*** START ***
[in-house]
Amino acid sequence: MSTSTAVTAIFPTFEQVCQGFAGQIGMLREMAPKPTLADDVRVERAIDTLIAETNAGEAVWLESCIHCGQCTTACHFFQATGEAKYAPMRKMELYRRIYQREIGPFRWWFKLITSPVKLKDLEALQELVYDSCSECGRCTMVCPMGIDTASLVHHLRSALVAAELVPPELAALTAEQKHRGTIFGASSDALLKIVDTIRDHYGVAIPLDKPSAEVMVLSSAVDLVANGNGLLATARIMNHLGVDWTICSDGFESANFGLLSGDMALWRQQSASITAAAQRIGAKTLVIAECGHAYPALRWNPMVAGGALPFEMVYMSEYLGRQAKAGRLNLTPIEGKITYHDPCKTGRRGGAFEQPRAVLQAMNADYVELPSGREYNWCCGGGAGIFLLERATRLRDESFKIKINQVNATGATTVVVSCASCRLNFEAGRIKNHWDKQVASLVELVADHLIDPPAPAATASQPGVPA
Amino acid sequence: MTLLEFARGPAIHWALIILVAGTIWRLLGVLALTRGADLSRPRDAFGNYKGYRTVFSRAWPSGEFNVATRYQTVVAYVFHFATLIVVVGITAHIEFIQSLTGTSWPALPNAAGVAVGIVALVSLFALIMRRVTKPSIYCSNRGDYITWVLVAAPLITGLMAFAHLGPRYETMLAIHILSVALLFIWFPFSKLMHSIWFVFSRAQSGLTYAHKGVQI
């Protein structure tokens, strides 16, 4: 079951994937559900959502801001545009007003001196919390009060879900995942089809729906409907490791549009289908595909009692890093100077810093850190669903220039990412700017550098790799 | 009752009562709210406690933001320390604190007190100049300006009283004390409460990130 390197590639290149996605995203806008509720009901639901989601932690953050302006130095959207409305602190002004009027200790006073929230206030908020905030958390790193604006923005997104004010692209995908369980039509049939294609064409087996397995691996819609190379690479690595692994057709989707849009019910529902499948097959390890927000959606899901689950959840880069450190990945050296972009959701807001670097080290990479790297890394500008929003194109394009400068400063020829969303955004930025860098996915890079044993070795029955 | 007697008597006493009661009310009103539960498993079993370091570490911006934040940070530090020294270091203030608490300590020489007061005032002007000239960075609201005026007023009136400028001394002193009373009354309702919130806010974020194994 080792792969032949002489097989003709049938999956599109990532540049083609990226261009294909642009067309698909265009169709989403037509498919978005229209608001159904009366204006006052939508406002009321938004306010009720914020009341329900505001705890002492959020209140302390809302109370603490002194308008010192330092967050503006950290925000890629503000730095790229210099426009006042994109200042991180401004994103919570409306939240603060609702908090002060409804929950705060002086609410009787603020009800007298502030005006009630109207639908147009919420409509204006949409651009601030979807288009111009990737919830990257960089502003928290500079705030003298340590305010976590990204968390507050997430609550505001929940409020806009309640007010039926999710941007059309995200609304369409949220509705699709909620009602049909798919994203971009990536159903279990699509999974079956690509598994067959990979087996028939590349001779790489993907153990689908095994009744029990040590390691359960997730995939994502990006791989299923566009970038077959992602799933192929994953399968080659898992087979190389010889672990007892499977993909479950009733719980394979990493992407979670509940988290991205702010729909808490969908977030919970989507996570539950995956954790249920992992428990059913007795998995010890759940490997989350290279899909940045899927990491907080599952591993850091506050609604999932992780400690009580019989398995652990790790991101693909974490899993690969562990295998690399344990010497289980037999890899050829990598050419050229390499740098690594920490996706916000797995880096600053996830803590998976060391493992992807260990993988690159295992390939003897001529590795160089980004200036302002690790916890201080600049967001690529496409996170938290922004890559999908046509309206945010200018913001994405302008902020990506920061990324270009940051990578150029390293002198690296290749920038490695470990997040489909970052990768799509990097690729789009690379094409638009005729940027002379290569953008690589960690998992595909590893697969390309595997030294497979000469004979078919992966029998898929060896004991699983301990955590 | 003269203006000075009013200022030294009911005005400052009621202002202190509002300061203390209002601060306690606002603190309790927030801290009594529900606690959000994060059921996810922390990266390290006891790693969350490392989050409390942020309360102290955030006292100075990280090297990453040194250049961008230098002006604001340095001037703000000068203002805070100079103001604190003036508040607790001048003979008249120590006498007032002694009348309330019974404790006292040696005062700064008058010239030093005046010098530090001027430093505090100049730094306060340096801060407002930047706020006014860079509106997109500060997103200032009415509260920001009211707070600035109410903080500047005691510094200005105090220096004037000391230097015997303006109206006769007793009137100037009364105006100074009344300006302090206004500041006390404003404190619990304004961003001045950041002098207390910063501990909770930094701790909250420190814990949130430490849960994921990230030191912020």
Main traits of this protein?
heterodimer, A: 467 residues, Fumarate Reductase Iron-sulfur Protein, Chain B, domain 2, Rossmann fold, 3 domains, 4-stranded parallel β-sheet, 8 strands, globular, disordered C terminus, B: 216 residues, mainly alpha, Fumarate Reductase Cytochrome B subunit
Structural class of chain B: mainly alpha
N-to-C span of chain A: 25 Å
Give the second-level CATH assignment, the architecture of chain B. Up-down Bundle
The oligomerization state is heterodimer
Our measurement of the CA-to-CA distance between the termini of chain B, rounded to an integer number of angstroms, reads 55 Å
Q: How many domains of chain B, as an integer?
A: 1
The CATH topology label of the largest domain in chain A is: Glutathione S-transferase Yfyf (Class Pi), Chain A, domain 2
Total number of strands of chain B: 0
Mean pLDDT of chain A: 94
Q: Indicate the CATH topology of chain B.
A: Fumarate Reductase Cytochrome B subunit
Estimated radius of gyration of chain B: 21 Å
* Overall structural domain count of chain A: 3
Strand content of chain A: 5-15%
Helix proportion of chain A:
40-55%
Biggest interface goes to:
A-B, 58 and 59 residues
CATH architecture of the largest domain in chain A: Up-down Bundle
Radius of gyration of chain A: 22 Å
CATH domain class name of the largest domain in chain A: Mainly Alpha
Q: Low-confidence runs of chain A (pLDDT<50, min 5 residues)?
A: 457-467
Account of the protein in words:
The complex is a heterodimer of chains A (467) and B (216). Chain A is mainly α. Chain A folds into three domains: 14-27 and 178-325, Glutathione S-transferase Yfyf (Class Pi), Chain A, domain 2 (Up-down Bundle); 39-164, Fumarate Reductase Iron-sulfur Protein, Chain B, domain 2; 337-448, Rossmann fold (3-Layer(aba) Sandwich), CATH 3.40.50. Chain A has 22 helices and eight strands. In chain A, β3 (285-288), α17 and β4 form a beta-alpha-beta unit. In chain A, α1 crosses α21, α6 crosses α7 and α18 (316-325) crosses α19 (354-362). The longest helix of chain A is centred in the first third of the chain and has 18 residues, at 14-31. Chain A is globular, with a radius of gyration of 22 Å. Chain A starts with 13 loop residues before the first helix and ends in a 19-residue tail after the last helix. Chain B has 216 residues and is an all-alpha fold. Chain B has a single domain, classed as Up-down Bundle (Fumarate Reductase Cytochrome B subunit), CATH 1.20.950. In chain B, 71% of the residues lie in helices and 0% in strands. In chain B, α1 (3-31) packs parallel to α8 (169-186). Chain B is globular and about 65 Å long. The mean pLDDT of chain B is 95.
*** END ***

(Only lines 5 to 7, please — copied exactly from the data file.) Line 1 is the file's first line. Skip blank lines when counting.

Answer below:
Main traits of this protein?
heterodimer, A: 467 residues, Fumarate Reductase Iron-sulfur Protein, Chain B, domain 2, Rossmann fold, 3 domains, 4-stranded parallel β-sheet, 8 strands, globular, disordered C terminus, B: 216 residues, mainly alpha, Fumarate Reductase Cytochrome B subunit
Structural class of chain B: mainly alpha